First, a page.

I've always wondered how things work, and how people figured out the physics, or chemistry, or electronics, to make the things we take for granted. There's also a an artistic aspect of this, with the arrays of part, and colors of all the components coming together into a mosaic of function. Some of the most fun I've had in the ham radio hobby is the quiet time I spent building radios.

These few pages show some of the work I've been able to do. Several of the kits are from Elecraft, a company that originally specialized in high-performance radio kits you could build yourself, and now concentrates most of their efforts into making the very best radios available.

Click on the pictures for a full page of photographs and description.

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The Elecraft K2
The Elecraft K2 kit is still available as of this writing, and it continues to be a good performer. I had such a good time building one that I built another!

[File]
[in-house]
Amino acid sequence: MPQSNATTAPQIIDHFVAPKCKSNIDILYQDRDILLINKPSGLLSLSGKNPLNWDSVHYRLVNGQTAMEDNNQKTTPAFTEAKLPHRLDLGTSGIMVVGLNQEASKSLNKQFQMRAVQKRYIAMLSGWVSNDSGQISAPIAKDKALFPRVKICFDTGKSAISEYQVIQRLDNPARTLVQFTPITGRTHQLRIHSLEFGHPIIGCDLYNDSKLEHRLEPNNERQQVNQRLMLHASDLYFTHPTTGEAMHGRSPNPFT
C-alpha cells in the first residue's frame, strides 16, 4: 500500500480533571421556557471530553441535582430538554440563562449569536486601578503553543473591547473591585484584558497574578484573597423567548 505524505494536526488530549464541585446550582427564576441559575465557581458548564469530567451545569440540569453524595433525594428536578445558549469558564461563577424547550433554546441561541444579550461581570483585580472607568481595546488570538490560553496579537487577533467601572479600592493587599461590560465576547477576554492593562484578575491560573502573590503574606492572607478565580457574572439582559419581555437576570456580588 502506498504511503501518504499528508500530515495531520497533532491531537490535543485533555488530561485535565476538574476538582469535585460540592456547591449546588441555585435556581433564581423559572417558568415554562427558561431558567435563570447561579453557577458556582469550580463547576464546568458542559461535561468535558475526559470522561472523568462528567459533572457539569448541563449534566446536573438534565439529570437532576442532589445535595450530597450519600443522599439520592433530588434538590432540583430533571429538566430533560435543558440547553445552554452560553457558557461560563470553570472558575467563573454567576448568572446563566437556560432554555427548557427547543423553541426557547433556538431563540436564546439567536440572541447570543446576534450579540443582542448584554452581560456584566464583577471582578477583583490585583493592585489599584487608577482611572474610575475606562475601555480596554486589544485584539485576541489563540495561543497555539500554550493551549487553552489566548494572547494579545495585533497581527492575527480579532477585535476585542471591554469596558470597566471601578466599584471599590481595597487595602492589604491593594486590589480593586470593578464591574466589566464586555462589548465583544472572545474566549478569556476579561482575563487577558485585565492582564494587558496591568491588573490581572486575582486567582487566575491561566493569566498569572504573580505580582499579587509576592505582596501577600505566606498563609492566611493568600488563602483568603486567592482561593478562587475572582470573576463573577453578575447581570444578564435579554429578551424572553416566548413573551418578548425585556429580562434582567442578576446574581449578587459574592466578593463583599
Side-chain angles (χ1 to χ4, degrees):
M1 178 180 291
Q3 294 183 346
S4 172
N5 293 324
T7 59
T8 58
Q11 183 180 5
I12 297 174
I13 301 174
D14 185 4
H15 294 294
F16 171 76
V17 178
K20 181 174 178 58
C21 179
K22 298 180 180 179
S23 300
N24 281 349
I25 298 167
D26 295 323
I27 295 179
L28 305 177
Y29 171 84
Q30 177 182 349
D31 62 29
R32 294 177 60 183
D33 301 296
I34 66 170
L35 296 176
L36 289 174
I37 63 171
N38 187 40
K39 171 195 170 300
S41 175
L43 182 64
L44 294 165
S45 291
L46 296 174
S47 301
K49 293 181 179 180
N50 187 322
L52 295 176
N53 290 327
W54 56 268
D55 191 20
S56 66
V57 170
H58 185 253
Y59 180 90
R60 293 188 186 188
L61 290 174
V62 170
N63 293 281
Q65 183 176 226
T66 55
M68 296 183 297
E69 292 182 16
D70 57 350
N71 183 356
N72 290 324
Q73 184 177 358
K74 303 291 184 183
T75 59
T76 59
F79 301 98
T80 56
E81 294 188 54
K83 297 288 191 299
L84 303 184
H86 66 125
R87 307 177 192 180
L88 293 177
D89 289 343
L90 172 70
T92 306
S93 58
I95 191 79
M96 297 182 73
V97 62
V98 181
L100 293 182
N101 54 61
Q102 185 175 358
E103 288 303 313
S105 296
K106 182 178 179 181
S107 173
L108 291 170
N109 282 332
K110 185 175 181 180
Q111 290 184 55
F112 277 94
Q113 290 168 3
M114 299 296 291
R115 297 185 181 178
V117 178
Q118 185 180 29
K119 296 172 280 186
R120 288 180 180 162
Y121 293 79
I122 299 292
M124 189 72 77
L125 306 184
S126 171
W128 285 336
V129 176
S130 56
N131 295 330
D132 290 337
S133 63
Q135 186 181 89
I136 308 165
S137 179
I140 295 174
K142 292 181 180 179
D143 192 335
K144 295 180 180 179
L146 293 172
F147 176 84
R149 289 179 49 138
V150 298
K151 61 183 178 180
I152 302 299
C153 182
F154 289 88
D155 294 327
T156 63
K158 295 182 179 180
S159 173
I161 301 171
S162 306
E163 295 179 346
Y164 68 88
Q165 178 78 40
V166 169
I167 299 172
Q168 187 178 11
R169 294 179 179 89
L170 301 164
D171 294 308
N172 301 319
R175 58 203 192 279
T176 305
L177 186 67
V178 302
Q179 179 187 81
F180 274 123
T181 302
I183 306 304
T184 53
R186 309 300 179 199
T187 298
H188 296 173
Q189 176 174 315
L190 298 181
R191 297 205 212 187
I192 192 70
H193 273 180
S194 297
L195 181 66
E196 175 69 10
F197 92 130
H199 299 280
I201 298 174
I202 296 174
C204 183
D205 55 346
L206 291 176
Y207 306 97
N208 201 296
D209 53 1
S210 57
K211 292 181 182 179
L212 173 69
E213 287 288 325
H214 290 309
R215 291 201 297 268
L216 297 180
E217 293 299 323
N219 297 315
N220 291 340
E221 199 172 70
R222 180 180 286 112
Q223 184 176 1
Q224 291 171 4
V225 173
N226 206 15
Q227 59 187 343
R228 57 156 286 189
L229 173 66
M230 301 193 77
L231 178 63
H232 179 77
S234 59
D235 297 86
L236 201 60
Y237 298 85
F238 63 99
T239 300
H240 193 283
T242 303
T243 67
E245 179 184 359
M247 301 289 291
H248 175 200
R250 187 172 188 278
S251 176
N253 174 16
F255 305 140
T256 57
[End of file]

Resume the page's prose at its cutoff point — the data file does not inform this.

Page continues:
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The Elecraft K1
The Elecraft K1 kit is nearing its end-of-life. Alas, a shortage of through-hole parts may have been its undoing, at least in part. I built two of these radios before they began fading away. They are good performers, and a really fun kit to build.

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Elecraft KX1
The Elecraft KX1 brought Elecraft back to its roots as a maker of "trail-friendly" radios. It's tight quarters in there, and some of the assembly was a challenge, but it is a fun radio to operate.

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The RockMite is a palm-sized single frequency radio that sells for about $50. It is a great choice for a club kit building party.

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The MFJ Cub transceiver is a relatively simple kit to build. I have written some very specific step-by-step instructions so that it could be a club kit build project for those new to building.
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Elecraft K1

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Elecraft KX1

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Elecraft K2

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